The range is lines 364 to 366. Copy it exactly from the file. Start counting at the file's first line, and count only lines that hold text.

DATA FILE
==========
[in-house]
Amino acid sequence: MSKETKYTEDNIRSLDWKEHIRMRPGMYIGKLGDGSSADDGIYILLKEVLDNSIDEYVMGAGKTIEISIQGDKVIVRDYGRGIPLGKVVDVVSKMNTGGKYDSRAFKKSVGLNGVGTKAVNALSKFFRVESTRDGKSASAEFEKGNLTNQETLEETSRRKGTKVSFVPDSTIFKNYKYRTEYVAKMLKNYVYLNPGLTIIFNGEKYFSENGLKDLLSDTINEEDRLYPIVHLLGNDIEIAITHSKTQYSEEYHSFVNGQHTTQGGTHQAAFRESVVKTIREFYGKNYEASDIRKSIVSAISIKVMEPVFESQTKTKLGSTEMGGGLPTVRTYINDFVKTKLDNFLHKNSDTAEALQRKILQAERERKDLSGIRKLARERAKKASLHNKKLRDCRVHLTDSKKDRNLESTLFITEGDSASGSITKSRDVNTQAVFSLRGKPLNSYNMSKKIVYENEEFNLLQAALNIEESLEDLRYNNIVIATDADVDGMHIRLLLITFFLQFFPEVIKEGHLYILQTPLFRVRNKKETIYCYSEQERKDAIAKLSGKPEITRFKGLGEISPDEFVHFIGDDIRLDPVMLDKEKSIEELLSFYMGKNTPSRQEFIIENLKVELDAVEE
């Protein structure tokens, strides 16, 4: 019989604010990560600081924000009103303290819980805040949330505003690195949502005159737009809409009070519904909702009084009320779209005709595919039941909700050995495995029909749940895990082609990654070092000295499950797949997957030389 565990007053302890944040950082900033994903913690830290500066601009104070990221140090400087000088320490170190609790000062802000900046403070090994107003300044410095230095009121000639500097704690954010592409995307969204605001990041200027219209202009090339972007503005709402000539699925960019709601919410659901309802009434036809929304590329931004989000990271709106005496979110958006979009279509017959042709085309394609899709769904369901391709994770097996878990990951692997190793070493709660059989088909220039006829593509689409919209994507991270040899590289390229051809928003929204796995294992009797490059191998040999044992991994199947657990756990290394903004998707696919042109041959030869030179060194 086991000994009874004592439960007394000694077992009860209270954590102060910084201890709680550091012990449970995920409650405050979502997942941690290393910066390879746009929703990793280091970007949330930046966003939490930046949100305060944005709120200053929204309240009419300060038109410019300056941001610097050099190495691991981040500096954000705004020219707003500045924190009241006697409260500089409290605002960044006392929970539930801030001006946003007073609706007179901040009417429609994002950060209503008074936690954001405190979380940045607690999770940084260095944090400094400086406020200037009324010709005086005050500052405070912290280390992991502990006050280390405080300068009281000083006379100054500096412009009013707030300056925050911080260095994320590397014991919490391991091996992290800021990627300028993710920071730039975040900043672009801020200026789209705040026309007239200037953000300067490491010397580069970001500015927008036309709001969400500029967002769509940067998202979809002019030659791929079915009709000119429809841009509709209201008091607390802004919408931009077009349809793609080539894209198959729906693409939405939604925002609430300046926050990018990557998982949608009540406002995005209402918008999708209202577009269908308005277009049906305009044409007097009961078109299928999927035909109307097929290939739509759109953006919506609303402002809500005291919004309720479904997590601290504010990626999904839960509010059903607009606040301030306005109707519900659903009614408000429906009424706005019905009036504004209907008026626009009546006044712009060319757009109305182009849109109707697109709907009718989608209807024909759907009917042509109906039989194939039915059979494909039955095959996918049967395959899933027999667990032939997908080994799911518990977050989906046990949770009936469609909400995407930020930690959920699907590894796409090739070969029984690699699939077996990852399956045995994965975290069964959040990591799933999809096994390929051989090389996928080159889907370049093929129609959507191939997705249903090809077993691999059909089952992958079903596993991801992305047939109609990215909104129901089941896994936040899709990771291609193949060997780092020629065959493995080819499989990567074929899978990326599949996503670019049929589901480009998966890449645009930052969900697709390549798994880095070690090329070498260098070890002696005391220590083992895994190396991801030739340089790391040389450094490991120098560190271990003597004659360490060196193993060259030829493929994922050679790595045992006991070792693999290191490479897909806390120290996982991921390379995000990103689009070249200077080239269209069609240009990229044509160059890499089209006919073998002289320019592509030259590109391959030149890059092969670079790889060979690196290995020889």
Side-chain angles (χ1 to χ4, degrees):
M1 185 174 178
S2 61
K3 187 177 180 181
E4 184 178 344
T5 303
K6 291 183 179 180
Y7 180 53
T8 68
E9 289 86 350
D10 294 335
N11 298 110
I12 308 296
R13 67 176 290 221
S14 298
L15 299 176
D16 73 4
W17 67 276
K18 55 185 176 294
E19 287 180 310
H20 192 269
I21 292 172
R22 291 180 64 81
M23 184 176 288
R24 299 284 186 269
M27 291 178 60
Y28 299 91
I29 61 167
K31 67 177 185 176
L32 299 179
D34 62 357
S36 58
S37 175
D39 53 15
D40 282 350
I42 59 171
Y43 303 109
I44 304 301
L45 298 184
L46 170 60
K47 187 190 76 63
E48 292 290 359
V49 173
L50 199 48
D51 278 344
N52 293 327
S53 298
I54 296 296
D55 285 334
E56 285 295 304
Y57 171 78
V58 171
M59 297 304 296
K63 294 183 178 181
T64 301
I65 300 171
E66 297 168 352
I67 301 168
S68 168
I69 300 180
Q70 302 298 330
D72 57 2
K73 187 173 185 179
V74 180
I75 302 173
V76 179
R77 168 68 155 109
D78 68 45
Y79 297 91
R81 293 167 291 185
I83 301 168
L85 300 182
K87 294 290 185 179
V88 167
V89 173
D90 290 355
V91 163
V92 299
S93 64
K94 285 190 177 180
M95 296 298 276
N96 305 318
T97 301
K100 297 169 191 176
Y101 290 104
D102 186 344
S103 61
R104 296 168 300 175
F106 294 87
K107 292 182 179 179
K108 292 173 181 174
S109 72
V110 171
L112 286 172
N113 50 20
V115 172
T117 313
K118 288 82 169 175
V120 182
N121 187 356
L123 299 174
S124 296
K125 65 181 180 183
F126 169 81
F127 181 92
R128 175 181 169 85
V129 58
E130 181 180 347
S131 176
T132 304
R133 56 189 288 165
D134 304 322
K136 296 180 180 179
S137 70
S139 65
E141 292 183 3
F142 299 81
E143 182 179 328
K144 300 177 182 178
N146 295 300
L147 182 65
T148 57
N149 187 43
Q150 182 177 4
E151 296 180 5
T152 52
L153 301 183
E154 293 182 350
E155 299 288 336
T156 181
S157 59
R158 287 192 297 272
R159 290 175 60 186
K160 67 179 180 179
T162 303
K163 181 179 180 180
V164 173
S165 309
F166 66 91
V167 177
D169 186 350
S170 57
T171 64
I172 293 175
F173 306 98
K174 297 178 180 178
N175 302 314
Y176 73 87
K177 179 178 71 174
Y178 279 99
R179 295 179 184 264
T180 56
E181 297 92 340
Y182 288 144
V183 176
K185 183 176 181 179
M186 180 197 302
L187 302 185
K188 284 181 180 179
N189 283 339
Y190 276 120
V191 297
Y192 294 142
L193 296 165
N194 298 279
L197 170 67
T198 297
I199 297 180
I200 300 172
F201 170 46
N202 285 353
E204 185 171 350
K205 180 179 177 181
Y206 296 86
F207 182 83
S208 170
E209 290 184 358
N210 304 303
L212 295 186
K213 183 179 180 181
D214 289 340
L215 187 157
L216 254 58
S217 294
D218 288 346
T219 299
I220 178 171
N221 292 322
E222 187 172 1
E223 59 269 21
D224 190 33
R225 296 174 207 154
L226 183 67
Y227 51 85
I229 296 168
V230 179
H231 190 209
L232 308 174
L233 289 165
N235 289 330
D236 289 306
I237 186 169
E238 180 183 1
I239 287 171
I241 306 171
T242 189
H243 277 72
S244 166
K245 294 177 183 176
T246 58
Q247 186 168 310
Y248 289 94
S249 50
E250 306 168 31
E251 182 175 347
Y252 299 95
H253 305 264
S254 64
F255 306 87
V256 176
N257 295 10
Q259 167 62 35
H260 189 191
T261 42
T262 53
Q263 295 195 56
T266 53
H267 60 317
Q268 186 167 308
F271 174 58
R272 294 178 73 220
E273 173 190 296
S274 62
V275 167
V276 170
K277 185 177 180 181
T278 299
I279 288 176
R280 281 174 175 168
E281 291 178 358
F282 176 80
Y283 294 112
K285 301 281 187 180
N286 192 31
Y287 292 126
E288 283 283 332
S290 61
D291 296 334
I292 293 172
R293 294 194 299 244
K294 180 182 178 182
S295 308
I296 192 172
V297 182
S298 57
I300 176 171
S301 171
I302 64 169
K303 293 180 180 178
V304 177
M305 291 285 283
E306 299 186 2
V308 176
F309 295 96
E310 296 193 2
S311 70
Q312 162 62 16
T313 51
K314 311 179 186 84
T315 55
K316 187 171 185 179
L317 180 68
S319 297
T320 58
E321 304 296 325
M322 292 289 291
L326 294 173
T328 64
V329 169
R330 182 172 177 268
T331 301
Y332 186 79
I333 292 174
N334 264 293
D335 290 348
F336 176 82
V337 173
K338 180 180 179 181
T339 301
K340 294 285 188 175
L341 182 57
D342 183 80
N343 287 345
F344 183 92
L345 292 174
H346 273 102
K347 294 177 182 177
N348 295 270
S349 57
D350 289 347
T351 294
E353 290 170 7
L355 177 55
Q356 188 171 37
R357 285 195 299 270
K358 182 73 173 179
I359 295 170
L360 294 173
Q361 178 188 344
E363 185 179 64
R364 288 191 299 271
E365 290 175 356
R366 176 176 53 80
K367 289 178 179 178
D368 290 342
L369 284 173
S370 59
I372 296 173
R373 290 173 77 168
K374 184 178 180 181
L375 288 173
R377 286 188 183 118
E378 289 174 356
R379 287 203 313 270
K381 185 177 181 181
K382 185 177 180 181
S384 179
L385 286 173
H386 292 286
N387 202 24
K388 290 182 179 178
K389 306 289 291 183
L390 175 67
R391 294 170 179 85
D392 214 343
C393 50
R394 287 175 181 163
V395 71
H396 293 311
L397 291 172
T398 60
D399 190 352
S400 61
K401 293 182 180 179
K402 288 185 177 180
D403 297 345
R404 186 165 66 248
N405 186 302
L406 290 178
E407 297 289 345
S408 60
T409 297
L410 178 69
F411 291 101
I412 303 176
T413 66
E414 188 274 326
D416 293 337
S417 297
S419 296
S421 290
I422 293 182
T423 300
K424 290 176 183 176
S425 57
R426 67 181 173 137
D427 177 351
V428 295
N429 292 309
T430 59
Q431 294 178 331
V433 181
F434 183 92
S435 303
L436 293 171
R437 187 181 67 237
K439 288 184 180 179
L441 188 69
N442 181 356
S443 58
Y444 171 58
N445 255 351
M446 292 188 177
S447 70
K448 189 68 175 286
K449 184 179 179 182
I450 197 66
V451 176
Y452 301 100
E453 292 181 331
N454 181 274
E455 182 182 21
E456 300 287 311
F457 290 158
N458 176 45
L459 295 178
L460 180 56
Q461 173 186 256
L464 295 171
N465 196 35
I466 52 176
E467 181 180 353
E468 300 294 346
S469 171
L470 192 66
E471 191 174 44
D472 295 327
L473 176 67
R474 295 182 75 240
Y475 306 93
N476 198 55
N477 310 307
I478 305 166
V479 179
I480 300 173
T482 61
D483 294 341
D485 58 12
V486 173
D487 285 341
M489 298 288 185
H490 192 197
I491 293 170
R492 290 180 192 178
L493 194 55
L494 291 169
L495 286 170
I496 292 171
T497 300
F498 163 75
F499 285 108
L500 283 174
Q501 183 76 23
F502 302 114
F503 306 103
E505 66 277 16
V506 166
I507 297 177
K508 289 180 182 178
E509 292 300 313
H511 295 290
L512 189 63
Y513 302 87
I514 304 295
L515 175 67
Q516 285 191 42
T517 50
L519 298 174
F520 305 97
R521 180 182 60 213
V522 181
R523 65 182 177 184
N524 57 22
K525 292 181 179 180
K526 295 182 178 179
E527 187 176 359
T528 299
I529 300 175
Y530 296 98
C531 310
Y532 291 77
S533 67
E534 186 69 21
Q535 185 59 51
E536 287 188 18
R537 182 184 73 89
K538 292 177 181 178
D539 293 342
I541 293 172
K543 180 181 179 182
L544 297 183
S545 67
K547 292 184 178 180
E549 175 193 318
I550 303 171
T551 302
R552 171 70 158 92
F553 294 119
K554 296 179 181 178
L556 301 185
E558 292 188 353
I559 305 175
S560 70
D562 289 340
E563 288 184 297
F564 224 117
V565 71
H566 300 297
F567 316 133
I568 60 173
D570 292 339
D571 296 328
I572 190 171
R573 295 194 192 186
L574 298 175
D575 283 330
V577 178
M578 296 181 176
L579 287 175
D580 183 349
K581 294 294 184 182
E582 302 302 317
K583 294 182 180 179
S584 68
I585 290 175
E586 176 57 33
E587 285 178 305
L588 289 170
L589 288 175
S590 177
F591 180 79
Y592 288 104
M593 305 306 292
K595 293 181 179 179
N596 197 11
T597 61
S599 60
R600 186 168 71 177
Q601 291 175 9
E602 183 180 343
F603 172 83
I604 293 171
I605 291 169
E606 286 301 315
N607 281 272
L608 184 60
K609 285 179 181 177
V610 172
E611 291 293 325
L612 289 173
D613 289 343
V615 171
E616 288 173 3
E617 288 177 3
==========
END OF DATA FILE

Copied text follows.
S421 290
I422 293 182
T423 300